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Inspired by the hair of blue tarantulas, researchers from The University of Akron lead a team that made a structural-colored material that shows consistent color from all viewing directions. This finding overturns the conventional wisdom that long-range order photonic structures are always iridescent, opening new potential to mass produce structural colors because highly ordered designs are easy to scale-up and manufacture. Bor-Kai (Bill) Hsiung and his colleagues at UA, Ghent University, Karlsruhe Institute of Technology and the University of Nebraska-Lincoln published their research, which is featured on the cover of the January 2017 journal of Advanced Optical Materials.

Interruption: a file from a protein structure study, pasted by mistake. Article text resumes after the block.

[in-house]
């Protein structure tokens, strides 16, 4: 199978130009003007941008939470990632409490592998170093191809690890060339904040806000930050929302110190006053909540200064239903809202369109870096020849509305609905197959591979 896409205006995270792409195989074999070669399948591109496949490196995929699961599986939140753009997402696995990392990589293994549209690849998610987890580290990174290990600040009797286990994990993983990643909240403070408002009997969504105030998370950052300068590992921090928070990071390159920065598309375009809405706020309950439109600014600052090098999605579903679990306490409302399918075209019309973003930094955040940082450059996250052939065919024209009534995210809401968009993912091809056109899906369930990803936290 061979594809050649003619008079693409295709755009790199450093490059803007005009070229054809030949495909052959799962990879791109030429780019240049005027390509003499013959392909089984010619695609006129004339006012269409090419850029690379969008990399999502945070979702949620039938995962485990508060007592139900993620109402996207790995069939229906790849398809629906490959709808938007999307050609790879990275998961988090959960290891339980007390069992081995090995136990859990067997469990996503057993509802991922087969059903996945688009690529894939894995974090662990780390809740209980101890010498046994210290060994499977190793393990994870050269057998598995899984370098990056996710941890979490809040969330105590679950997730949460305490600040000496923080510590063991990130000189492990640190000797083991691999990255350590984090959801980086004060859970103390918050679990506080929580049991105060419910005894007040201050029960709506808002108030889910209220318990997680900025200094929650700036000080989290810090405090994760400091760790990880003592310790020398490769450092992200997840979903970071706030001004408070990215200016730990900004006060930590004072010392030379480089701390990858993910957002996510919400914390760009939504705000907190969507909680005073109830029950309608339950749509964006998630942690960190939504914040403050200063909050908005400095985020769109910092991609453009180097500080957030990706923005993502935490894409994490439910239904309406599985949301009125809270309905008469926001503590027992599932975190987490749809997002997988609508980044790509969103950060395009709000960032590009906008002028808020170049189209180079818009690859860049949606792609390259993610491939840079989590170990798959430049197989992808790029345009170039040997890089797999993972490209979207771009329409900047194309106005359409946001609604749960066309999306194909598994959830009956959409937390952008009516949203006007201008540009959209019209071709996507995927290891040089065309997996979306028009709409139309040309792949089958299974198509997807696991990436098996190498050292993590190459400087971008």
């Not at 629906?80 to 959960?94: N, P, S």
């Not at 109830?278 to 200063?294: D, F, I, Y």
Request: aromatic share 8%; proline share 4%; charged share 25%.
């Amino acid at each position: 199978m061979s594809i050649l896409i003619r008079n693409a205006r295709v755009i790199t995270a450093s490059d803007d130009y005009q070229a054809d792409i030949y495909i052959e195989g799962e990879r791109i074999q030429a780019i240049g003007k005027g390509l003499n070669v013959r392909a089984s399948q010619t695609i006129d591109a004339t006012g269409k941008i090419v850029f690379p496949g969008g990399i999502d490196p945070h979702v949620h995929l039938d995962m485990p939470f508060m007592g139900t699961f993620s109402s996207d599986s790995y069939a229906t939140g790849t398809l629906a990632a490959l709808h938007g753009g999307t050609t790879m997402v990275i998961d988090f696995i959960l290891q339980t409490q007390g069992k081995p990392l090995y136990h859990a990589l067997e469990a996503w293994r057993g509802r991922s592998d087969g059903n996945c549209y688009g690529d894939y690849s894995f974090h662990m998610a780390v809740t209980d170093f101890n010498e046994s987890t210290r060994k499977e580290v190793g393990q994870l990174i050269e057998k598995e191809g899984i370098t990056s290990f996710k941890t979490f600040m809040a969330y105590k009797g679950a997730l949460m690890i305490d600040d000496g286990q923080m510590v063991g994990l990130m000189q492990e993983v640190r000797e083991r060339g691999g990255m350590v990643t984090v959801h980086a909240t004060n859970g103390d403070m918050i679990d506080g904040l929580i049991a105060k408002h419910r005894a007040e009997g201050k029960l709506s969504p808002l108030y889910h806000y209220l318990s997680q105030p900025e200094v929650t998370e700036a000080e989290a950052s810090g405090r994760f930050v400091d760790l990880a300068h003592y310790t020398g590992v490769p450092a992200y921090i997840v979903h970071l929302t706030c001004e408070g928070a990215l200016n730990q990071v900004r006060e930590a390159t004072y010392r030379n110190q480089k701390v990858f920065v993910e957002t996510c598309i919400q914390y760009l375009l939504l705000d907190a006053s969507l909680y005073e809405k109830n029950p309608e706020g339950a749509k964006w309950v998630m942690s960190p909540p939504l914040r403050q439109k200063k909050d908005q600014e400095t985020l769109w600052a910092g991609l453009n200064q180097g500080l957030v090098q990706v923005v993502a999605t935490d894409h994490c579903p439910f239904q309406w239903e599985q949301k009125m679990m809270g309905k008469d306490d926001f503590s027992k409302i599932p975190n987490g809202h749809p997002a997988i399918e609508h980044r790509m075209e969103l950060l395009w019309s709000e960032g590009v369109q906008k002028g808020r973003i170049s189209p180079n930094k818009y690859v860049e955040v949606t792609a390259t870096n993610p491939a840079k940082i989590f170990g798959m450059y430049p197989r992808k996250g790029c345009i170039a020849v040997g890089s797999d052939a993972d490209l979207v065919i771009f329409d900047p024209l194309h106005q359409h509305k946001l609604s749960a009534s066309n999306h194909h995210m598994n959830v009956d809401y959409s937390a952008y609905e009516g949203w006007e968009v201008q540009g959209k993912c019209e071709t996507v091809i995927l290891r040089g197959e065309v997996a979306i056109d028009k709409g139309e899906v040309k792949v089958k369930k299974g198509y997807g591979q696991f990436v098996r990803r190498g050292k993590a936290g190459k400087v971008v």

“Structural colors are more vibrant and durable than the pigments used in most human-made products,” explained Hsiung, the lead author of this research and a Biomimicry Fellow in the Integrated Bioscience Ph.D. program at The University of Akron. “They are produced by optical effects when light interacts with nanostructures that are about the same size as the wavelength of light.” Think of a peacock, or a butterfly. The problem is that most structural colors are strongly iridescent, changing color when viewed from different angles. It’s beautiful out in nature, but not very functional when we’re watching television and we move to a new seat.”